Surprise! 85 miles of coral reef discovered off coast of Charleston.
September 6, 2018
Scientists thought they might make some new discoveries when they set out on a two-week research mission to explore and study deep ocean ecosystems off the Atlantic Coast. It didn’t take long. Roughly 160 miles off the coast of Charleston, South Carolina, they discovered a dense forest of cold-water coral.
The reef lies about a half mile below the surface. It’s estimated to extend for about 85 miles. The discovery was made during the course of an almost eight-hour dive by Alvin, a deep-sea submersible owned by the U.S. Navy but operated by the Woods Hole Oceanographic Institution.
“This is a huge feature and it’s unlike anything I’ve seen before,” said Erik Cordes, a deep-sea ecologist and professor at Temple University. “It’s incredible that it has stayed hidden off the east coast for so long.”
Cordes describes mountains of Lophelia pertusa, a stony coral species, plus a variety of other hard and soft corals. That type of coral is known to live in shallower water off the U.S. coast from Florida to North Carolina. But the new reef was covered with thriving ghost white Lophelia that appeared to be thriving.
"We couldn’t find a place that didn’t have coral,” adds Cordes. “It’s exciting to find something so significant and something that profoundly changes our concept of where these habitats can exist.”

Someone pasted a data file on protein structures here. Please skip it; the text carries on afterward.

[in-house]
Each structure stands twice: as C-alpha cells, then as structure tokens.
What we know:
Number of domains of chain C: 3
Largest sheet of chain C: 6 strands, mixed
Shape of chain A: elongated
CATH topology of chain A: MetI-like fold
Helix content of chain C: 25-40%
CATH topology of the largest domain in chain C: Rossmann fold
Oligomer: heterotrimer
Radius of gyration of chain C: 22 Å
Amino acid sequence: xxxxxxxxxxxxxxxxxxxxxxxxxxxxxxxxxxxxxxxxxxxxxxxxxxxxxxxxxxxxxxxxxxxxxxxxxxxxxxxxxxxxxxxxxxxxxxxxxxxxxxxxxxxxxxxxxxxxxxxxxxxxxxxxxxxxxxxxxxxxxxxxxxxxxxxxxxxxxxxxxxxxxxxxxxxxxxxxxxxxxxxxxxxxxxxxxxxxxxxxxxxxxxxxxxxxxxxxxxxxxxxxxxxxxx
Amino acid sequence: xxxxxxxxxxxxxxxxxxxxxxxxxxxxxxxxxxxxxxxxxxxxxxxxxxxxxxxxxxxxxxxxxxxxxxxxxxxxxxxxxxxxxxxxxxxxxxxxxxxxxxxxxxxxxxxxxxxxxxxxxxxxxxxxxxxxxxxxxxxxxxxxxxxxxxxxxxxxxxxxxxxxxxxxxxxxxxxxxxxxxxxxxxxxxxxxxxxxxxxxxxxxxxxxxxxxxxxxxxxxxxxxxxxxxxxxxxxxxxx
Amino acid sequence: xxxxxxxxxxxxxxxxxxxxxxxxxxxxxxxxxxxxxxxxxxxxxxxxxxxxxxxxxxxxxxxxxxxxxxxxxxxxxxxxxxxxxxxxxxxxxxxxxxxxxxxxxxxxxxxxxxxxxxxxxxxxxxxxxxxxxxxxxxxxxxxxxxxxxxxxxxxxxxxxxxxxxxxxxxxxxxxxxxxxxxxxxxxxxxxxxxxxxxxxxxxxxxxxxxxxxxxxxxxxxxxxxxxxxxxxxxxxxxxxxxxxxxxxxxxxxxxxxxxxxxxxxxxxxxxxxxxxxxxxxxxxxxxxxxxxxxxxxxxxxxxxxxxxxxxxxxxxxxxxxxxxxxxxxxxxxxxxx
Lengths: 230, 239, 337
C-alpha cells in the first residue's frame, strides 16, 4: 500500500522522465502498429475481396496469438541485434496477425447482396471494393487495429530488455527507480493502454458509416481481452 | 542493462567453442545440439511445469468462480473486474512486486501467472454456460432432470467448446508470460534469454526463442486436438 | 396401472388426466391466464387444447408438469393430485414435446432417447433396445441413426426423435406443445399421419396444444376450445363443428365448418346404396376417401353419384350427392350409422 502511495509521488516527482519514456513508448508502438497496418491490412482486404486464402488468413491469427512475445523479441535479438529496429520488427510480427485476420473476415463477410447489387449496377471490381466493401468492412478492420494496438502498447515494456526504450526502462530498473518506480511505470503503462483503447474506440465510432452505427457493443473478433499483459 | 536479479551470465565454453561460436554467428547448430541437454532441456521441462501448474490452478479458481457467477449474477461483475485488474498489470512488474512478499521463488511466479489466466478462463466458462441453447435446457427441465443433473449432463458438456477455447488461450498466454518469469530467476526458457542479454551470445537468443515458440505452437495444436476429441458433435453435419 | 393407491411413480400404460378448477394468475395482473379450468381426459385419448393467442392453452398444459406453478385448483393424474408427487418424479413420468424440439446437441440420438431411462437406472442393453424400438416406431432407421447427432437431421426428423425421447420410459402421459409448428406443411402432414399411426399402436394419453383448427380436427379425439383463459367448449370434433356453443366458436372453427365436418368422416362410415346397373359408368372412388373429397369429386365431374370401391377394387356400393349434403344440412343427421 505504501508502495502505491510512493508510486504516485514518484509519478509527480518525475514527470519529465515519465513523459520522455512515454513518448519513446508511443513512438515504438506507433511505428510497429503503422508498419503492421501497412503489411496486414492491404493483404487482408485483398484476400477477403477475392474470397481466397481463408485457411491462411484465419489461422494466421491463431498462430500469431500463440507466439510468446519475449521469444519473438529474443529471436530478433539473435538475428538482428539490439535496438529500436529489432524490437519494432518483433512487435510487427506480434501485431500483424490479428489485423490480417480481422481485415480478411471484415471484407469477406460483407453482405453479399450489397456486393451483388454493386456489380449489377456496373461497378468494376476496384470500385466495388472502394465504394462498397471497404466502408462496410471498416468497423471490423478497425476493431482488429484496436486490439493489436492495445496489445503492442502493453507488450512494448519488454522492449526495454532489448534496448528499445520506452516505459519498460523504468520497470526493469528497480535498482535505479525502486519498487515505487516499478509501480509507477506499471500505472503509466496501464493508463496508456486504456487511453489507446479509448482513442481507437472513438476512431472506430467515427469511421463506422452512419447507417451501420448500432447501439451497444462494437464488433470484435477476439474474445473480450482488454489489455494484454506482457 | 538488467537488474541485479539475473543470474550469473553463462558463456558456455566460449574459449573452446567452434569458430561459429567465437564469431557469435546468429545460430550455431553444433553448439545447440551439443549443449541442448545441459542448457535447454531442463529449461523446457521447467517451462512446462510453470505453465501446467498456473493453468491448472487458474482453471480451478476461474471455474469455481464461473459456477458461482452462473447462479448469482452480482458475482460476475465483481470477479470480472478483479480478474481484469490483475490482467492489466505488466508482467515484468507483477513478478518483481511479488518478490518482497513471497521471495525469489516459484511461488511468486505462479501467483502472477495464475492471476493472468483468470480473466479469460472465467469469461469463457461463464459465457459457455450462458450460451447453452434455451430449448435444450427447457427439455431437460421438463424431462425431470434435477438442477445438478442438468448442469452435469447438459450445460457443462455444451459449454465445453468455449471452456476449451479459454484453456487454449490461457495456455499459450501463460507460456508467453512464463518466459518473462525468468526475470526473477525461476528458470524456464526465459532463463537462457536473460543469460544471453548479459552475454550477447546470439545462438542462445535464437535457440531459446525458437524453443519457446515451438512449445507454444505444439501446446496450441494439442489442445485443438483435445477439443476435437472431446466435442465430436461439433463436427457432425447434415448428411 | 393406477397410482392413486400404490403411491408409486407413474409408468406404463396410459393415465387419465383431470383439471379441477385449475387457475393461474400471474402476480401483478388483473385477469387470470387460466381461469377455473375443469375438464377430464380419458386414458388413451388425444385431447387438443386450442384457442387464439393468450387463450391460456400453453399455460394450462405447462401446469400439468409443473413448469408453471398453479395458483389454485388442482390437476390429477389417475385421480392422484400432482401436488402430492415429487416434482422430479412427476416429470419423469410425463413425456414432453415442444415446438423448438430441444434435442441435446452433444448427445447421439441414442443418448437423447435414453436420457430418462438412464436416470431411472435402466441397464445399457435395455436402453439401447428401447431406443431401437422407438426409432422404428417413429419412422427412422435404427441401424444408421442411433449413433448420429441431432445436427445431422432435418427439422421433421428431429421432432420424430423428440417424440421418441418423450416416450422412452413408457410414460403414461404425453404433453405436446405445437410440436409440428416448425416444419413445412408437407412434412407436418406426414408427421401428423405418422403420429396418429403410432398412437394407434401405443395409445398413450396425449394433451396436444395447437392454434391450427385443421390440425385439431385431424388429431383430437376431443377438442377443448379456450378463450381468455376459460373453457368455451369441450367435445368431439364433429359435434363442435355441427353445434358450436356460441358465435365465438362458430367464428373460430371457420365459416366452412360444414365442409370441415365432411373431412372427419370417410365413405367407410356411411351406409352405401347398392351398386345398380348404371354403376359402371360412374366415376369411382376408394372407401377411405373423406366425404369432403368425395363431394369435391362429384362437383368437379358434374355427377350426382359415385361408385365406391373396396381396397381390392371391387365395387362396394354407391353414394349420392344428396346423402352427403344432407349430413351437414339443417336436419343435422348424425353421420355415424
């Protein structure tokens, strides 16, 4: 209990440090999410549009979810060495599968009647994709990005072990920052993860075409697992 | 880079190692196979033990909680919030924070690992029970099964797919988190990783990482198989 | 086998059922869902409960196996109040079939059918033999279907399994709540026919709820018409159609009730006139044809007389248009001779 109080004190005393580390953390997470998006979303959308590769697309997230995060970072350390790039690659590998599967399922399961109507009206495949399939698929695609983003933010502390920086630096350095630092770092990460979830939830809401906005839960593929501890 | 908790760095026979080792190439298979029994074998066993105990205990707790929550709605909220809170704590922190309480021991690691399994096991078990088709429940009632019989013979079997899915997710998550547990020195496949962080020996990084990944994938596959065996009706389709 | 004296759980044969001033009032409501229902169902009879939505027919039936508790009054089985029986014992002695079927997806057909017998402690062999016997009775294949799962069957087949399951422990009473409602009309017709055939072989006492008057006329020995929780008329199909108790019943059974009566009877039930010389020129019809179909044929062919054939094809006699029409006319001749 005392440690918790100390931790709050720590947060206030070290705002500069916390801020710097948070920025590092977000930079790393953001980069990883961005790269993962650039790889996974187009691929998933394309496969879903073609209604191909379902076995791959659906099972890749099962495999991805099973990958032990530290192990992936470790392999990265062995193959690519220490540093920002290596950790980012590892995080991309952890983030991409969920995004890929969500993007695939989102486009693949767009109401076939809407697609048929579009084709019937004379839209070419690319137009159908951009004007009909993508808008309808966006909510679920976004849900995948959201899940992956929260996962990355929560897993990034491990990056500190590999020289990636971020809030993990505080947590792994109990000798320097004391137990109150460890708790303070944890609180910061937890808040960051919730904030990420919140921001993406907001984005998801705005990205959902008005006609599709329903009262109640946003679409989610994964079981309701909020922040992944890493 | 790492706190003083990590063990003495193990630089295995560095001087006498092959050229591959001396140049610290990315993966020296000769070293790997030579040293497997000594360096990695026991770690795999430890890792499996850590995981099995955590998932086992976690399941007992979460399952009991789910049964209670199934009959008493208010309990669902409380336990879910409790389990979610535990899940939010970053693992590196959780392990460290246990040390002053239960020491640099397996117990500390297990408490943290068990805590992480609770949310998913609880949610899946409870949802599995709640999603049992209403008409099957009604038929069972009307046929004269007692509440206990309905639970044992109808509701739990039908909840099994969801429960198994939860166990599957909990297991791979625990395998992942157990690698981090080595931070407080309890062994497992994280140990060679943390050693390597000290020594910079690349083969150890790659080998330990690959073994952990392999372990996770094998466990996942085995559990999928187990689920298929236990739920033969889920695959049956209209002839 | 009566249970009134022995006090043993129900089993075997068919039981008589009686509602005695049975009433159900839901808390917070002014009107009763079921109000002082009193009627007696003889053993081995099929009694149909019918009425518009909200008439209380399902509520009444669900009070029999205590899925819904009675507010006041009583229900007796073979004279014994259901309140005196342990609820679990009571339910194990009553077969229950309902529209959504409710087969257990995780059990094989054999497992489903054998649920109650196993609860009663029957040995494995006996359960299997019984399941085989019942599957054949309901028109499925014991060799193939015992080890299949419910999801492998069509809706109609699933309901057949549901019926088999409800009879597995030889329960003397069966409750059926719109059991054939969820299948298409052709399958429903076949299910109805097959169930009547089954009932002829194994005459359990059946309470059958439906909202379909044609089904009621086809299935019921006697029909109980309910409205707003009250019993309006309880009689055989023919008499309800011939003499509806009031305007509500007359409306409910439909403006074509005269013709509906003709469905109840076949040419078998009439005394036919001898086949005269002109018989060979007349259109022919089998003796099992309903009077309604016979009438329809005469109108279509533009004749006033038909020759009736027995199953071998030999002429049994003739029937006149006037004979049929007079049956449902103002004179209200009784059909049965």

The live corals grow atop giant mounds of rubble, the skeletal remains of earlier coral colonies. It’s estimated the Atlantic coral structures could be hundreds of thousands of years old. The discovery comes as the Trump administration is proposing opening the coast to deep sea oil drilling. Cordes said the complex and diverse habitat must be protected from development and he has little doubt the reef is critical for the productivity of regional fisheries.
Cameras captured photos of large schools of fish living amongst the coral. The research is part of an ongoing ocean study of uncharted canyons, gas seeps and deep-sea ecosystems funded by the National Oceanic and Atmospheric Administration, the U.S. Geological Survey and the Bureau of Ocean Energy Management.